universally liked. (Polished Personal Response)

Prompt: …about the impact of an individual’s ambition on self and others.

Written from my personal perspective.


There are some things that are universally liked.


Daybreak. Warm blankets. The Eagles’ “Hotel California”. Disney’s Renaissance-era movies, to name a few.


About a year ago I was on vacation in L.A., and I experienced a lot of those things. We didn’t go for any particular reason than that – to become  worldly”. I don’t have any friends or family there, which was a good thing, I think—for once it felt as if I owed no one my time. There were no deaths, no marriages, no long-lost friends.


In other words, it was, well, fine. It was good.


But that’s not entirely true. I maybe wondered what would occur if I overstayed my welcome in the US. Would it be difficult to start again as someone else, with an entirely different persona, to steal an identity and blend into the hordes of Christmas shoppers at an outlet mall and go home with a different family? To collapse my skin, implode, and be something else on the outside? Just maybe it would be nice to become someone else.


I really, really, like the idea of becoming someone else. I think I could have it – it would be like a costume worn on the inside. I could become a stranger to the person I am and gain some perspective. I could grow.


So I tried, in my own way, I think. I didn’t really talk to anyone on my trip. My phone data was disabled. I did my best to refresh, to pretend as if I didn’t carry any experience or knowledge beyond the comfort of my two coats, faux leather and soft fur, pale pink wool.


Like everyone, we also went to the beaches in California. Like everyone, we walked along long dirt trails, admired the Hollywood sign from afar, and stared out at Beverly Hills with cynicism and longing. We went to Walmart, we ate sushi, we got lost in neighbourhoods too far from our hotel, we held our breath at the fishy stink from the ports—and for a moment, I think I was swept away with the idea of being someone else. It’s funny – I thought California was known for earthquakes, not flooding.


I saw plenty of costumes, too, and was a little envious of them all – how far could I be from Thor if he can stand on the other side of the street? How different is the melody of a busker from that of the Disney songs I heard? And while I’m on it, Disney’s snow didn’t look all that different from the snow back home—but that was just me, trying to convince myself.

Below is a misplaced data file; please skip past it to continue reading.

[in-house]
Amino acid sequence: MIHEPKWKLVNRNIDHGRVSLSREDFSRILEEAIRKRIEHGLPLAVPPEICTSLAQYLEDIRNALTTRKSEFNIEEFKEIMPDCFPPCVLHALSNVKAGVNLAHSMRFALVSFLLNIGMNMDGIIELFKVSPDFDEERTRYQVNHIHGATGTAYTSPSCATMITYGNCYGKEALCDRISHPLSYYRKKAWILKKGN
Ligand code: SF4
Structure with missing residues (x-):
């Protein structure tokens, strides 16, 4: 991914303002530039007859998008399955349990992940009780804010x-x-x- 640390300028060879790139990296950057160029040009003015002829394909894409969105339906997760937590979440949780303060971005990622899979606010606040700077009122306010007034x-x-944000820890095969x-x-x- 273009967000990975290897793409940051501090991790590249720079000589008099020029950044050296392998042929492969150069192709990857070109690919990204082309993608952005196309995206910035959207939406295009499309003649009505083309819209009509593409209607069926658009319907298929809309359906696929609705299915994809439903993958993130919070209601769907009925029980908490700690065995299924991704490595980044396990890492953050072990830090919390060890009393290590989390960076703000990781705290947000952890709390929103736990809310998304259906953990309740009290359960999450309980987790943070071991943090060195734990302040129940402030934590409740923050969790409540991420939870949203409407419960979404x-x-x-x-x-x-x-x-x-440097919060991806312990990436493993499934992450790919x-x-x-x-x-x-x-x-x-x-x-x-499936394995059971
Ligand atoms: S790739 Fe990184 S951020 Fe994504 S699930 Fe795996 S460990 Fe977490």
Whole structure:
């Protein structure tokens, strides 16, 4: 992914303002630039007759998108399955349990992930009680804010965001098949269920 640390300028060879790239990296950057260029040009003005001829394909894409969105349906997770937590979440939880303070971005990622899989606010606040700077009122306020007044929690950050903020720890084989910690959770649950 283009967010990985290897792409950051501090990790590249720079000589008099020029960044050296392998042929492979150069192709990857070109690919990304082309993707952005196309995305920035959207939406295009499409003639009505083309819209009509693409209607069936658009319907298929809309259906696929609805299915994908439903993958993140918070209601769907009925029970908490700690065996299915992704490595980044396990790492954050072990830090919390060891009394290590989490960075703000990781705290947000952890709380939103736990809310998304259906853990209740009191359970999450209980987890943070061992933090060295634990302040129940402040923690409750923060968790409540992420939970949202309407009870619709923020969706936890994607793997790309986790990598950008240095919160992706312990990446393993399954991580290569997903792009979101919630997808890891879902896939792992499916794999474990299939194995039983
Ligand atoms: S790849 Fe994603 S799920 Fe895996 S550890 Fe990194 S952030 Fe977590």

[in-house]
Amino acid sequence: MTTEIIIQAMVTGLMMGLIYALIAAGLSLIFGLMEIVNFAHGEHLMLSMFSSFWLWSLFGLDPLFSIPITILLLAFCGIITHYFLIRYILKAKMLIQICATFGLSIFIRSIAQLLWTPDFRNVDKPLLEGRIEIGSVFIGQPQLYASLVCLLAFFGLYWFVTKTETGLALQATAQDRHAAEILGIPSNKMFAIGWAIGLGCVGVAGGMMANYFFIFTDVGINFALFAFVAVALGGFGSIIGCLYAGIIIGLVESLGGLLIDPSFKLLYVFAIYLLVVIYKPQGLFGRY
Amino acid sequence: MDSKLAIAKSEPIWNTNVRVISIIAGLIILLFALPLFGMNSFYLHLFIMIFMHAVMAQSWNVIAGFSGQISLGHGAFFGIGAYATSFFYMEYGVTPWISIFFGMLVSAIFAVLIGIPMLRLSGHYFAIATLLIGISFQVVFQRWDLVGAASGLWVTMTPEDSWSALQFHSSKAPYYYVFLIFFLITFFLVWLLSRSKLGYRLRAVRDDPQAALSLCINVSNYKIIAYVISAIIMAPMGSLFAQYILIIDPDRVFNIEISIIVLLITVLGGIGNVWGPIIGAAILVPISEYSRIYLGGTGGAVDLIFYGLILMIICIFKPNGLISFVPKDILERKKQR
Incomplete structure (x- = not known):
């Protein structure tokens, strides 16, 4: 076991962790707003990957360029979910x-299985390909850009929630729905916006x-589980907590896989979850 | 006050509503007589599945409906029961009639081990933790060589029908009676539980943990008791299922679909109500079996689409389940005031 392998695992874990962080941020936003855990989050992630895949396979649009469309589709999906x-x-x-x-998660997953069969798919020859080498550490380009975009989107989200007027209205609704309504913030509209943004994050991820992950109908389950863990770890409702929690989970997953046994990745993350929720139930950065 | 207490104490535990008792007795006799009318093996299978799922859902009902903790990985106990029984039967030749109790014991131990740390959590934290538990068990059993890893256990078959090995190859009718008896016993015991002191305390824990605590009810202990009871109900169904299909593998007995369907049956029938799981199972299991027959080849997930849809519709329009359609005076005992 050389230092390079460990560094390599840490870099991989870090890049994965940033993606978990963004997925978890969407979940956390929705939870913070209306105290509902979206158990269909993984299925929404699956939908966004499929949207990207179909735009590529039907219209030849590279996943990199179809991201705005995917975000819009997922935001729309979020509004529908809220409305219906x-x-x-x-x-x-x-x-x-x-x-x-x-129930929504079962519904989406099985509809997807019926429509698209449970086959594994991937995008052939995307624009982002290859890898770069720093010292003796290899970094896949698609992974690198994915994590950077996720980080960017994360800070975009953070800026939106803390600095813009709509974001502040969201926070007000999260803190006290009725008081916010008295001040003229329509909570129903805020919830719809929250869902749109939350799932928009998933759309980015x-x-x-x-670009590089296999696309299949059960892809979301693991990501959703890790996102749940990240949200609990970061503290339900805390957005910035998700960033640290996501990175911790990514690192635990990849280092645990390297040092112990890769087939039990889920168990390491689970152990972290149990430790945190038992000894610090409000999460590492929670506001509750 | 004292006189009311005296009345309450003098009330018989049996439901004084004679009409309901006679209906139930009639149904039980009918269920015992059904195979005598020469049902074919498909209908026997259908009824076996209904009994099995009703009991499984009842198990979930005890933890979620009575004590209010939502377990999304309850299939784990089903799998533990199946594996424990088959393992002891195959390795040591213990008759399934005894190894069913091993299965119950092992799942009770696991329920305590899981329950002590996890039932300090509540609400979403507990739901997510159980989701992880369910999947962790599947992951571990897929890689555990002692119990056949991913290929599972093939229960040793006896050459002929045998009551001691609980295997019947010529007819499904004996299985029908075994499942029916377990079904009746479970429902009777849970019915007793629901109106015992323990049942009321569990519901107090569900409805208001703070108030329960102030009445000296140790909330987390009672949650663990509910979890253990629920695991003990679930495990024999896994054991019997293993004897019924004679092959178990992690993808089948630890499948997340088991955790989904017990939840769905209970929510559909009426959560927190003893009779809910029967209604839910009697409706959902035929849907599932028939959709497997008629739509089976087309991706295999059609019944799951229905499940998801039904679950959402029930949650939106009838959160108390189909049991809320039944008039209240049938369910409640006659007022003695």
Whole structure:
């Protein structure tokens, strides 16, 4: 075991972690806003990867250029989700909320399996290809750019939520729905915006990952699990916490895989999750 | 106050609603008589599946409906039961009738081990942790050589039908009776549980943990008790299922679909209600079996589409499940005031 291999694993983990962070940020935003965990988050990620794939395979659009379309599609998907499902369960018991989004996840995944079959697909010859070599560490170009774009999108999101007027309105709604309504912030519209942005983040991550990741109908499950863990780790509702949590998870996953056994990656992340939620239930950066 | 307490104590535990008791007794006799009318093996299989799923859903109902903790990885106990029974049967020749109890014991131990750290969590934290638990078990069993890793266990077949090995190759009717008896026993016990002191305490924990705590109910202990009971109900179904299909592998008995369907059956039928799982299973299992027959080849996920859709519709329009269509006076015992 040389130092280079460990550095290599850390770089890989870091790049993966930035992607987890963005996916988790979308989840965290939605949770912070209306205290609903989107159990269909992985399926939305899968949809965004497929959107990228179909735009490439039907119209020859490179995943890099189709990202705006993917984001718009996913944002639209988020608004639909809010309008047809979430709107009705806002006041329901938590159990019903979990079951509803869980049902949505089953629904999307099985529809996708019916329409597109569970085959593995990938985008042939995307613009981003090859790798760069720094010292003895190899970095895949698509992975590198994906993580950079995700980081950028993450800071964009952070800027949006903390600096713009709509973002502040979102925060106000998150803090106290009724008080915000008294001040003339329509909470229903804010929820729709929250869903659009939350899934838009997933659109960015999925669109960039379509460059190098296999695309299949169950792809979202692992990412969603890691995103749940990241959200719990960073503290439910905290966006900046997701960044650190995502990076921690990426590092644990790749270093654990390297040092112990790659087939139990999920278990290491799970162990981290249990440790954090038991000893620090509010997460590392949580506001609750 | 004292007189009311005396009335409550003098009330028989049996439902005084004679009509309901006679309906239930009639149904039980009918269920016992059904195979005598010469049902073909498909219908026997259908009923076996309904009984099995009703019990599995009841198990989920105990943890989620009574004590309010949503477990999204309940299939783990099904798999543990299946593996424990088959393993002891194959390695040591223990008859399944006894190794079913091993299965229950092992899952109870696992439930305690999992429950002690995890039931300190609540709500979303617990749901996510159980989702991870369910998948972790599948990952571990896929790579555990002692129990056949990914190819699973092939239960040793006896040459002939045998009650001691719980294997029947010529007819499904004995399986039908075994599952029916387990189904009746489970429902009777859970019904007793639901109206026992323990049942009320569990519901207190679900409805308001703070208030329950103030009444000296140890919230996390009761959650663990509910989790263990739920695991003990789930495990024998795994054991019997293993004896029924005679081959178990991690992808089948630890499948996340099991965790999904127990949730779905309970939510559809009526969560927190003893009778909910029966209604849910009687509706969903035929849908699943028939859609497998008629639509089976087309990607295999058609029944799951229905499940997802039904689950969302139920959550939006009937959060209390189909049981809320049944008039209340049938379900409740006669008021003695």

Because, as much as I wished for a new skin, I knew I couldn’t. I missed being home.


I don’t yet have the power to run forward endlessly without looking back. I can’t get used to the dark desert highways, can’t sleep with the “Warm smell of colitas/Rising up through the air” after only a couple of days.


But I did try.


I saw a cactus in the desert and thought about pulling deep into the reddish soil to place it in a little porcelain pot. But somehow, my mind wandered back to my longing for pine, spruce, aspen—for mountain ranges and prairies skies. I missed barren trees and warm hats, longed for wet snow melt and the peculiar smell of mushed leaves and snow and tires and gasoline and pavement and yellowing grass.


I really wanted to love the ocean, too. But the Pacific was more violent than I would have expected. It was hardly anything like the perfectly crested waves I imagined they would be. So instead of noticing the waves when I went to a park one morning, my eyes fixated themselves on suicide prevention signs; it was a crude little stickman falling into a representation of the jagged cliff sides and gray waters that frothed together along the edges of the sunrise—I found it a little disturbing. But a man still walked his dog, jogging confidently in his Nikes – apathy.


California was, ironically, a place that was cold to me. A place where I imagined I could submerge myself and wake again in a foreign body, but also taught me to be wary and afraid of this part of myself. Though I carry with me the details and events and faces of my trip, I did not leave an impact – I was nothing more than a traveller. I’m afraid that this trip which meant so much will mean everything to me and nothing to everyone else. The colours of the sunrise did not change when I asked, the cactus didn’t bloom into a forest when I would have wanted. Seaside cliffs did not invert and fold when I longed for it to be so. I had no impact.


What was this ambition – the desire to change myself – worth? I loved the city, but not enough to stay. Certainly not enough to change myself.


One of the very last nights, though, I did want to try. This particular night happened to be the launch of a Tesla spacecraft. It was late that day—late, and I wanted to go home—err, back to the hotel. Bright lanterns were strung high above us, the only pretense of an artificial sunrise; against them, the world felt pitch-black, a spilt pot of ink. Then came the burst of a human-made comet. The company had launched satellites.


And I, too, tried to be like a comet – something temporary, but memorable.




I heard myself exclaim just once. Just once, I tested that rutted pathway of ambition I refused before. I tried to embrace the opportunity to be damn memorable. But whatever anxious beliefs I may have had that drove me to act only meant something to me. Perhaps someone from that night remembers, someone, somewhere, mentioning extraterrestrials, before it was swept away with the majesty and unforgivingness of space.


But to me, California was no different than that frontier.


And I failed.



I was going for short and bittersweet. Wonder if it worked?

Photo Credit (Tesla Launch): http://fortune.com/2017/12/23/spacex-california-launch/

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